Absolute’s unique expertise allows it to develop new testing methods on the spot – without interrupting production.
Talk to Frédéric Jacques and you can’t help feeling his energy for the niche business he and a partner spun off in the booming oil and gas sector. Since its founding in 2008, the revenues of his company, Absolute NDE – specialists in non-destructive pipeline inspection – reached $11 million (2011).
Based just outside Quebec City, Absolute, which is today fully owned by Jacques, has facilities located in France, Brazil, Norway and Australia and 50 employees and sub-contractors working in 12 countries.
“A pipeline is like a chain – if there is one weak part, it can wreck the whole thing,” says Jacques. Finding the weak link is both the challenge and the opportunity. There are countless new pipelines needing inspection around the world, and many giant competitors in the field. So how does a small firm get launched and get known?
The three A‘s
Advanced, adept and adaptable expertise is Jacques’ answer. “We specialize in R&D and testing of exotic materials, not just the run-of-the-mill carbon steel that most pipelines are made of.
How EDC Helps
Jacques also admits the company was burned early on, in 2008, by a non-paying client in Brazil. “That’s when we started to look for credit insurance and began our relationship with EDC. As we grow, the risks and financing needs get even bigger. So we now use various EDC products to help increase our liquidity and credit margins, based on future payments (to the company).”
“Standard inspection methods don’t exist for new construction materials like stainless steel (and other alloys) and traditional radiography testing won’t perform very well on many of those materials compared to our inspection solutions. So we have developed proprietary automated ultrasonic testing methods (using phased array technology).” These methods don’t harm the pipeline or interrupt production – known as non-destructive testing (NDT).
Before launching Absolute, Jacques had years of training and R&D with a large technology manufacturer in his field. Then he worked five years in Italy, doing inspection method development and qualifications for major oil and gas companies around the world. This gave him the ability to develop solutions on the fly, make international connections and understand global market opportunities.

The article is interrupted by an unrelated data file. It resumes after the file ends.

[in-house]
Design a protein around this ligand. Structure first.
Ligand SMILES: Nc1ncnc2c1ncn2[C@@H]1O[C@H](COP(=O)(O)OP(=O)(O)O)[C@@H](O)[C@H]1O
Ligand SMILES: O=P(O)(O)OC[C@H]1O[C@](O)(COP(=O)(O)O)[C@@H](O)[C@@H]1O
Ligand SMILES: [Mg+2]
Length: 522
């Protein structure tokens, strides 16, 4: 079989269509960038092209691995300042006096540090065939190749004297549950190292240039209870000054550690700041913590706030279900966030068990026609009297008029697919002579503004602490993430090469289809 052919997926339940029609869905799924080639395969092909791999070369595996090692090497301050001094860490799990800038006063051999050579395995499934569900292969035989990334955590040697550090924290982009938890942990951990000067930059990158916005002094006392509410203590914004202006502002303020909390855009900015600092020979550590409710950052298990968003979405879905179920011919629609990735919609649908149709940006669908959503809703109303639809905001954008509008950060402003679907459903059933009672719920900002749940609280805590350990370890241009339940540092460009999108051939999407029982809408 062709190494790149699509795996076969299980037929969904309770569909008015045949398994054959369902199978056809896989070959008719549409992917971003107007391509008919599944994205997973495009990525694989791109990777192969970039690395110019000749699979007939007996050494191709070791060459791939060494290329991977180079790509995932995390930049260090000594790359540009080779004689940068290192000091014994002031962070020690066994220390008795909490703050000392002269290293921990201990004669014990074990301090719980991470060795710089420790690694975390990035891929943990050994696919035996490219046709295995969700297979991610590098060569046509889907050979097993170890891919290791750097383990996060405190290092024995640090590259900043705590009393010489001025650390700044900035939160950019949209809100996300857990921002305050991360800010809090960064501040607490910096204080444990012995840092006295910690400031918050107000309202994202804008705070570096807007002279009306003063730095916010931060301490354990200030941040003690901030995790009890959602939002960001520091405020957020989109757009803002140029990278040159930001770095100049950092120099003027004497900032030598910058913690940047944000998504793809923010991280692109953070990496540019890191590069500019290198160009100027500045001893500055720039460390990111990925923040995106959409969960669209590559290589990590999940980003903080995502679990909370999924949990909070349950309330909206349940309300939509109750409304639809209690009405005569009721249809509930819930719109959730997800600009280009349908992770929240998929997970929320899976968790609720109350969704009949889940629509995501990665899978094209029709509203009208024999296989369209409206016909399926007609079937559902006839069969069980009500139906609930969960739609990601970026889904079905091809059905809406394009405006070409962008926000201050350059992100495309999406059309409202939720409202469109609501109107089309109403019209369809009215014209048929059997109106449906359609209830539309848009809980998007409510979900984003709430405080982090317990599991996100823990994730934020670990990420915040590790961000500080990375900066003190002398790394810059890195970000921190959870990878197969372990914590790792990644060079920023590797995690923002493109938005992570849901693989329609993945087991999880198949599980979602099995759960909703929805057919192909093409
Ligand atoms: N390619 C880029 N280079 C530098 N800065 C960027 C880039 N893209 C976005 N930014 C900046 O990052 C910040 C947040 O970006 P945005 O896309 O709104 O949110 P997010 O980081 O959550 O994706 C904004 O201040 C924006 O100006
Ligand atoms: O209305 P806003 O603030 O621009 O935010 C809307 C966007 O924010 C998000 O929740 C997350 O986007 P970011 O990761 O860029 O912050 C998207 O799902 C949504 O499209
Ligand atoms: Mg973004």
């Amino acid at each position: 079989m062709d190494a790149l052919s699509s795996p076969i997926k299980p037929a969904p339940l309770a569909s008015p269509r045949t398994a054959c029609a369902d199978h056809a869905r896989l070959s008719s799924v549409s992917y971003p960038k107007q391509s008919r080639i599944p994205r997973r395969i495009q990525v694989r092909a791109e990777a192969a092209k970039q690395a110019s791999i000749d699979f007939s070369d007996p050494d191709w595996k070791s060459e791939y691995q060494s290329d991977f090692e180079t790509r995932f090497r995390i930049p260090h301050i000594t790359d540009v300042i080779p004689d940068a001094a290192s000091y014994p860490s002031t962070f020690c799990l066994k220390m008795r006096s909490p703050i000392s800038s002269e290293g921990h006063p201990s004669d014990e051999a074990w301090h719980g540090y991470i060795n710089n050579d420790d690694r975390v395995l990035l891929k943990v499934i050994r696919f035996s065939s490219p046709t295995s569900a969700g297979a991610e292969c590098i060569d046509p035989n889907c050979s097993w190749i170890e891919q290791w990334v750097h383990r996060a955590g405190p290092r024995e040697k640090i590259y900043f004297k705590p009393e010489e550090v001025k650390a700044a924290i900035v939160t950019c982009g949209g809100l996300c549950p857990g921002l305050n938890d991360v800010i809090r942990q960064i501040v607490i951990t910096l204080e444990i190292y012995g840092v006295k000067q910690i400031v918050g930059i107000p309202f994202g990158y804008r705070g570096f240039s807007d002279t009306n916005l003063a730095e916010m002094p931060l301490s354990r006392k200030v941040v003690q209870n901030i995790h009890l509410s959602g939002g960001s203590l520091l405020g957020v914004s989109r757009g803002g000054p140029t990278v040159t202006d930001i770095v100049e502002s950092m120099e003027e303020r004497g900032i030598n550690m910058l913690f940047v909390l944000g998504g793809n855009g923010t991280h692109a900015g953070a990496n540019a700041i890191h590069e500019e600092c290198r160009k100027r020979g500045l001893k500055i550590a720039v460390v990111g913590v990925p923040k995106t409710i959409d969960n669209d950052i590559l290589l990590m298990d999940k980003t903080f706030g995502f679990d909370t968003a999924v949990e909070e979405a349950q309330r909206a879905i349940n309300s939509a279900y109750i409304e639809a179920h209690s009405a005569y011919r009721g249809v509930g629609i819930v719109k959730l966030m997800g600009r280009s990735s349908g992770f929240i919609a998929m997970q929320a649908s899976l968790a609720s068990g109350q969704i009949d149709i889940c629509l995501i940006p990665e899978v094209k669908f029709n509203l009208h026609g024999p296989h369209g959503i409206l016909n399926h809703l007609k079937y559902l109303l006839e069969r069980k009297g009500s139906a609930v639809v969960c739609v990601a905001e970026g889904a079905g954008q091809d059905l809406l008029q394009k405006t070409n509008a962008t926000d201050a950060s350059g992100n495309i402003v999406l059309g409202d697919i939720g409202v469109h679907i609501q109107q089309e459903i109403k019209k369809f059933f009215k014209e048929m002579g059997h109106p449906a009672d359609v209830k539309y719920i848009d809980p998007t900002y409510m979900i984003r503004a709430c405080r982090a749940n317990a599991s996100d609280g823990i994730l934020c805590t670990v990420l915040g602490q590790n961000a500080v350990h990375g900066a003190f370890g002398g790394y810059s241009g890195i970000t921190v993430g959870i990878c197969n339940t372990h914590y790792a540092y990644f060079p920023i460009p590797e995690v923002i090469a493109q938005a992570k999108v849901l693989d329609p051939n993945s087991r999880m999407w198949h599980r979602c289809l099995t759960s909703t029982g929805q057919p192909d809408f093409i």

The big break came when a major international oil and gas company’s regular inspection firm was having difficulty testing some 300 of its 3,000 welds made of different metal alloys. The company turned to Jacques on the recommendation of a mutual contact, giving his firm three weeks to prove itself. “Within a week, we were qualified to inspect the remaining piping welds,” says Jacques.
The client was so impressed that the next time around it gave Absolute the full contract, worth up to $9 million.
“Once a company gets to trust our work on the most difficult pipeline parts, we can often sell them on the easier standard business too,” adds Jacques.
Detecting the next big material
Another key success factor is anticipating future pipeline materials. An offshore pipeline can be underwater for 25 years, says Jacques, who keeps asking himself: “What new corrosion-resistant materials are being developed and how can we make sure there will be no flaws in them?”
Similarly, the company looks to diversify its markets. Brazil has become a key market with its growing offshore oil development. “One of our employees lived in Brazil and helped us adapt to the way they do business,” says Jacques.
For example, taxes and import duties can be very heavy there. “The same imported machine purchased for $250,000 in Canada could cost double that amount to bring into Brazil.”
For Absolute, booming opportunities in emerging markets make them well worth the extra constraints and costs. As the company grows, Jacques is looking for potential foreign acquisitions to take on bigger contracts in more key oil and gas markets.